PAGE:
Tippecanoe Library’s vibrant makeover dazzles
December 31, 2015
By Katherine Keller
After months of operating in temporary headquarters in the Copper Kitchen’s banquet hall, Tippecanoe Library re-opened December 12, when more than 1,600 patrons were ushered through its shiny new front doors. The dramatic renovation transformed the former 1969 interior, a claustrophobic cavern that was illuminated with limp fluorescent lighting, to a warm, open space that gleams with natural light and razzle-dazzle.
“An interesting thing is that it looks so much bigger, more spacious,” said District 13 Ald. Terry Witkowski, whose district includes Tippecanoe Library. “There are more windows on the north side. It’s brighter, more open, and reeks of newness.” Witkowski credits residents in the neighborhoods who shared their ideas and suggestions about what they wanted in the redesigned library. The library held meetings during the planning and design stages of the project to solicit residents’ input.
The $4.5 million renovation focused on a new interior design and upgrades to the infrastructure including mechanicals and HVAC. With the exception of modifications to the north wall and a new entrance on the southwest corner, the exterior structure remained intact.
The redesigned entryway features an automated book return, and there is another on the exterior of the building, on the south wall, that is accessible 24/7. Tippe now offers express self-check-out stations, like those found in other MPL branches and libraries in metro Milwaukee.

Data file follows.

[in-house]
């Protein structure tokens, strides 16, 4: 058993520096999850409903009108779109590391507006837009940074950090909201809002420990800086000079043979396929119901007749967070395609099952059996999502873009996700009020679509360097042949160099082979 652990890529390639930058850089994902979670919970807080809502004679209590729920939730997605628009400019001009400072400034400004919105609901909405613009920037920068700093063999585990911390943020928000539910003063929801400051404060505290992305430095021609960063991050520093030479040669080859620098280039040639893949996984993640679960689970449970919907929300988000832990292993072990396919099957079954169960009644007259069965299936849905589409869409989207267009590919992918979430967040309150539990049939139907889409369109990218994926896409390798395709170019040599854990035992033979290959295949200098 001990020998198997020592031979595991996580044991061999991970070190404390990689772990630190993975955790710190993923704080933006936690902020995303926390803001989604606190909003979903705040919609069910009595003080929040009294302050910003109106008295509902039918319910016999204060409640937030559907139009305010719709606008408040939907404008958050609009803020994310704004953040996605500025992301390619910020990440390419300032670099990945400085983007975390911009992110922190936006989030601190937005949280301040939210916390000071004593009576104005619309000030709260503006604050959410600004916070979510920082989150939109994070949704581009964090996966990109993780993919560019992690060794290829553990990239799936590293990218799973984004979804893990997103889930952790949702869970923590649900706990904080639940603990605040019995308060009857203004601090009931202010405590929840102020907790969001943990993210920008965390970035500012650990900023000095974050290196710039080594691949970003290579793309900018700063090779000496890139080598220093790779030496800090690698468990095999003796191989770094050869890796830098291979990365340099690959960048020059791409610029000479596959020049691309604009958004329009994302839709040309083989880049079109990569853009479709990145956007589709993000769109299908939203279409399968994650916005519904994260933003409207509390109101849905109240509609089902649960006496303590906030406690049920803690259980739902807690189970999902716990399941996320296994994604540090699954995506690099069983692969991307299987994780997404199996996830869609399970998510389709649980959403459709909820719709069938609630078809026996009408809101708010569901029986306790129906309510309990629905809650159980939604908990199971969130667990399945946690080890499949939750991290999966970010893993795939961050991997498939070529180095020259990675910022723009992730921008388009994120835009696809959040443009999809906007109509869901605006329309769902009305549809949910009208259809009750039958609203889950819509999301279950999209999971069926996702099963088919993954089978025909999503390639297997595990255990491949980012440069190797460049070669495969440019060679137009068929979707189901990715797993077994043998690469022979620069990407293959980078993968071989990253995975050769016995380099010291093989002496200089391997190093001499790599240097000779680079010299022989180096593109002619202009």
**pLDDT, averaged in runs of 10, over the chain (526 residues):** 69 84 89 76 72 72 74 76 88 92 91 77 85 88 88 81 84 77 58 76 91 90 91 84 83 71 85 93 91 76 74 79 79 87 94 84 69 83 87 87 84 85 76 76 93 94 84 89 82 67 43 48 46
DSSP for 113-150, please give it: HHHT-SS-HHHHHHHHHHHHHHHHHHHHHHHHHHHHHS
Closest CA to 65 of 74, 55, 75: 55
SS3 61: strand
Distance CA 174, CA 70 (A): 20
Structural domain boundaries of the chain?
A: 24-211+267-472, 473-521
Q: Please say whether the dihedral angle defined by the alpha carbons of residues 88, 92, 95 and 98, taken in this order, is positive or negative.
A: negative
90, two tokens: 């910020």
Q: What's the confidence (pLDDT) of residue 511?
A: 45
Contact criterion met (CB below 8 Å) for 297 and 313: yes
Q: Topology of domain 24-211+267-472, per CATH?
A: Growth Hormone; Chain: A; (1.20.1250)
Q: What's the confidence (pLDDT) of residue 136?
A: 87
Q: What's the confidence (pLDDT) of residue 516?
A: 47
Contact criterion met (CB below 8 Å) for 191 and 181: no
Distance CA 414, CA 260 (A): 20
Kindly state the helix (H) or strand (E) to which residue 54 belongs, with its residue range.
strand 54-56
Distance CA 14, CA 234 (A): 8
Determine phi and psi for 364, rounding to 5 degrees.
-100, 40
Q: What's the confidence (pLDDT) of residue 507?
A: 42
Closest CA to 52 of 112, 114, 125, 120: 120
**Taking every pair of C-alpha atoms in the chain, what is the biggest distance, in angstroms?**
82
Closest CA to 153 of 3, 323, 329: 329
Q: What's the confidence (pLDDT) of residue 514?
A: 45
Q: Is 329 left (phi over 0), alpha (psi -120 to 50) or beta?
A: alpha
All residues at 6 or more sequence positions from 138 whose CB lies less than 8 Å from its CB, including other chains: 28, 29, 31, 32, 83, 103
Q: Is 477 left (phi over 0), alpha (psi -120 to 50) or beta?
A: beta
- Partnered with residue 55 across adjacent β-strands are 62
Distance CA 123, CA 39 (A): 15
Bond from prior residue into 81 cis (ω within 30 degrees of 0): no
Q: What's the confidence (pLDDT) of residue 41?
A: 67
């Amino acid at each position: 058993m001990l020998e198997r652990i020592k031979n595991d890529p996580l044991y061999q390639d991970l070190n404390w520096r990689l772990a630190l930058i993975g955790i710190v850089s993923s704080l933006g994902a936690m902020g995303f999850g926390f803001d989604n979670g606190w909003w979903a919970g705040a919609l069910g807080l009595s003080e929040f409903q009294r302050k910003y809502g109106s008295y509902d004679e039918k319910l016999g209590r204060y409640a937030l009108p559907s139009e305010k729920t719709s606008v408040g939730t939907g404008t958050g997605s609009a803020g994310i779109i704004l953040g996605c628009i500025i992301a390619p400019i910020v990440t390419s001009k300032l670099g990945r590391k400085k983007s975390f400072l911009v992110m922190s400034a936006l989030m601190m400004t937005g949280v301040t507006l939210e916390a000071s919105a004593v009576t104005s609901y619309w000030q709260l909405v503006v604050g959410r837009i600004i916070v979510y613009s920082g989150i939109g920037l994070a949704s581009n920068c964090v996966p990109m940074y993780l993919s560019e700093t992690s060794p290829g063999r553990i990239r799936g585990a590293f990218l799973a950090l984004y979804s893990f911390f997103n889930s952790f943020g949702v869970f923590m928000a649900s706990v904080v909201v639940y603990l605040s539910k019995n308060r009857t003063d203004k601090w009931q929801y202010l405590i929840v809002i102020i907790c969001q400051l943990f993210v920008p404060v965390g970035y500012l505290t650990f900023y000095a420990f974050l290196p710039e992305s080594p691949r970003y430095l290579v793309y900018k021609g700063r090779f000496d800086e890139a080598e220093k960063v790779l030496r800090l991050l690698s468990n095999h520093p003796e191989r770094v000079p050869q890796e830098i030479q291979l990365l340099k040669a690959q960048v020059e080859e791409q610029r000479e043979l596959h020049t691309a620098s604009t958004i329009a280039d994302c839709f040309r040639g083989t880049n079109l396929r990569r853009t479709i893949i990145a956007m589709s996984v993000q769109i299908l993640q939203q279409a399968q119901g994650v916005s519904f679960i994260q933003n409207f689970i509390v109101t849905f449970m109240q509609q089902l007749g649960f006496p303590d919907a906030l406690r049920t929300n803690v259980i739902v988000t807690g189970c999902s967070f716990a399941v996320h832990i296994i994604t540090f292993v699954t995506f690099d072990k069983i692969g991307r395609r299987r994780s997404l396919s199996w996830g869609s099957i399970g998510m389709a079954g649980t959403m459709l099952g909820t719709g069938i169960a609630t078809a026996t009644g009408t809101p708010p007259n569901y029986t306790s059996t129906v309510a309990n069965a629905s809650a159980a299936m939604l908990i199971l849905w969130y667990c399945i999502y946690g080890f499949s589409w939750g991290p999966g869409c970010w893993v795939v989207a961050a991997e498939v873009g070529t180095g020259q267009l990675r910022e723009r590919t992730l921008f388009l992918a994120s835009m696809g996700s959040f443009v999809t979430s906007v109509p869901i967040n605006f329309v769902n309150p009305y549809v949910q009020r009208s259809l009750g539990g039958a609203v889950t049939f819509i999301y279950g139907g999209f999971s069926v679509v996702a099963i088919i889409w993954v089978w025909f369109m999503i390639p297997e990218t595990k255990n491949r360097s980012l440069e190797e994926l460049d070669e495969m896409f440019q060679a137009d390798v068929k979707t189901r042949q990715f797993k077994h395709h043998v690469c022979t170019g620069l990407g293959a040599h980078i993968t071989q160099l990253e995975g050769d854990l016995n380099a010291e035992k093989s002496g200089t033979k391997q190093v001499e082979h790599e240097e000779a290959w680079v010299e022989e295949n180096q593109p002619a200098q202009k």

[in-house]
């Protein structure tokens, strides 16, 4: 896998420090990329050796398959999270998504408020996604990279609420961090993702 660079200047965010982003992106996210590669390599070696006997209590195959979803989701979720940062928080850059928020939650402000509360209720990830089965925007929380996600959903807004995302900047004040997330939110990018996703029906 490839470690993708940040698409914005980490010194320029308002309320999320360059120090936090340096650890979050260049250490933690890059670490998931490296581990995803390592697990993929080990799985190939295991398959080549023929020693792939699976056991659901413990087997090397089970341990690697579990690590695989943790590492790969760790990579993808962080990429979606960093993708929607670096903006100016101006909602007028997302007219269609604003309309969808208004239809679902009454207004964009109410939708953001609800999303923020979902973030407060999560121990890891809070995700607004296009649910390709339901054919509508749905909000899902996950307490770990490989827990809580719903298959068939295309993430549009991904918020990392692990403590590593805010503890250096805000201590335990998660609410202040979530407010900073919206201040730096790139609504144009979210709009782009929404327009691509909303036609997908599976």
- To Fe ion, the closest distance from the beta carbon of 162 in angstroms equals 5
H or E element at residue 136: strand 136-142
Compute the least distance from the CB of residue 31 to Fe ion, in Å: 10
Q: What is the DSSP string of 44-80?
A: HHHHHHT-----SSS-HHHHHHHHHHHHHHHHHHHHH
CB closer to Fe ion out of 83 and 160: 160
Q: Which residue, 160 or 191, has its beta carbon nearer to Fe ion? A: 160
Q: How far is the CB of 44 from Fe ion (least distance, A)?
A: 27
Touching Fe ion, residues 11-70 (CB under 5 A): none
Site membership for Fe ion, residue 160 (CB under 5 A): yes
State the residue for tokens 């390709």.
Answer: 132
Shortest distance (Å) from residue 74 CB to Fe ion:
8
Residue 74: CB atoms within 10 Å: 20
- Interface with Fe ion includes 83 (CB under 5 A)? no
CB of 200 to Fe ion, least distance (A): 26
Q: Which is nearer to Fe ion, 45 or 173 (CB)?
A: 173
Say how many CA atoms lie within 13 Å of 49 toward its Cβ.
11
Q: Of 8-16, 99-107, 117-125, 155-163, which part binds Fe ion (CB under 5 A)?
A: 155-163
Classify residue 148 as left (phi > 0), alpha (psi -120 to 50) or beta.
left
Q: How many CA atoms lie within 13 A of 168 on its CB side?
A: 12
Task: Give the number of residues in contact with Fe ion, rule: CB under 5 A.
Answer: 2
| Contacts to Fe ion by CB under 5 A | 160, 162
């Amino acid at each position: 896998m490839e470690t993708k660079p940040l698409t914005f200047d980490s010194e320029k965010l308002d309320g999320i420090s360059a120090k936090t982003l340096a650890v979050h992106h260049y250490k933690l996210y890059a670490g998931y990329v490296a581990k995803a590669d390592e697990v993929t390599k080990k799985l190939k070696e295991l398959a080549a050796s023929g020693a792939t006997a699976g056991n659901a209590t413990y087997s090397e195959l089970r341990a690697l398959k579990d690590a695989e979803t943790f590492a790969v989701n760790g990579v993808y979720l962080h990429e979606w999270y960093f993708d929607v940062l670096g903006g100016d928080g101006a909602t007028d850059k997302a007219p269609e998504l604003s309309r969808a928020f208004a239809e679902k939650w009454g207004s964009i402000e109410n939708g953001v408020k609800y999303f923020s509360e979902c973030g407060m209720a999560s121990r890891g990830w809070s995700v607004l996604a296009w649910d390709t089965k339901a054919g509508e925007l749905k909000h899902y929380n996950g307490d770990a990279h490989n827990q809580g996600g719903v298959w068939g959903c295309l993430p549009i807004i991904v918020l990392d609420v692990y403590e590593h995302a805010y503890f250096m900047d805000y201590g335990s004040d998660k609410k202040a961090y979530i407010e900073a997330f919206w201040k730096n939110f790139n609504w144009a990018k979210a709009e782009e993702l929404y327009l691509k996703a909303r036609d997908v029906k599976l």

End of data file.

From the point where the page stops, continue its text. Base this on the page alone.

A new perk, sure to please, permits patrons to purchase restorative brews from a “high-end coffee machine.”
There is an independent study room, a unique area for teens to meet and socialize, and a children’s area with early learning materials. New bumped out windows were added along Howard Avenue to provide expanded reading and studying space. The windows flood the space and adjacent stacks with light.
The northwest corner of the library serves as a multi-purpose area. At times it is an open space with tables and chairs, plus some upholstered easy chairs. At others, it is a meeting or conference room, when two sets of sliding glass panels are unfolded to enclose the space.
New light fixtures illuminate the vaulted wood ceiling, drawing the eye to a vibrant sculpture that’s suspended from the ceiling. The Spirit of the Manitou was created by Guido Brink, a German émigré who taught at the Layton School of Art from 1955 to 1974. Later, he was instrumental in founding the Milwaukee School of Art and Design, where he served as its first president. The sculpture was removed, cleaned, and reinstalled on the ceiling.
During construction, the Tippecanoe Library staff placed a time capsule filled with historical and everyday library items in the walls of the new library. The time capsule is registered with the International Time Capsule Society at Oglethorpe University.
The land around the building was not ignored during the planning sessions for the renovation. A number of green landscaping elements were incorporated. Witkowski said many members of the newly formed Airport Gardens Neighborhood Association and Town of Lake Neighborhood Association took an active interest in expressing their support for the library and voicing their suggestions about its design, especially landscaping and green and sustainable components.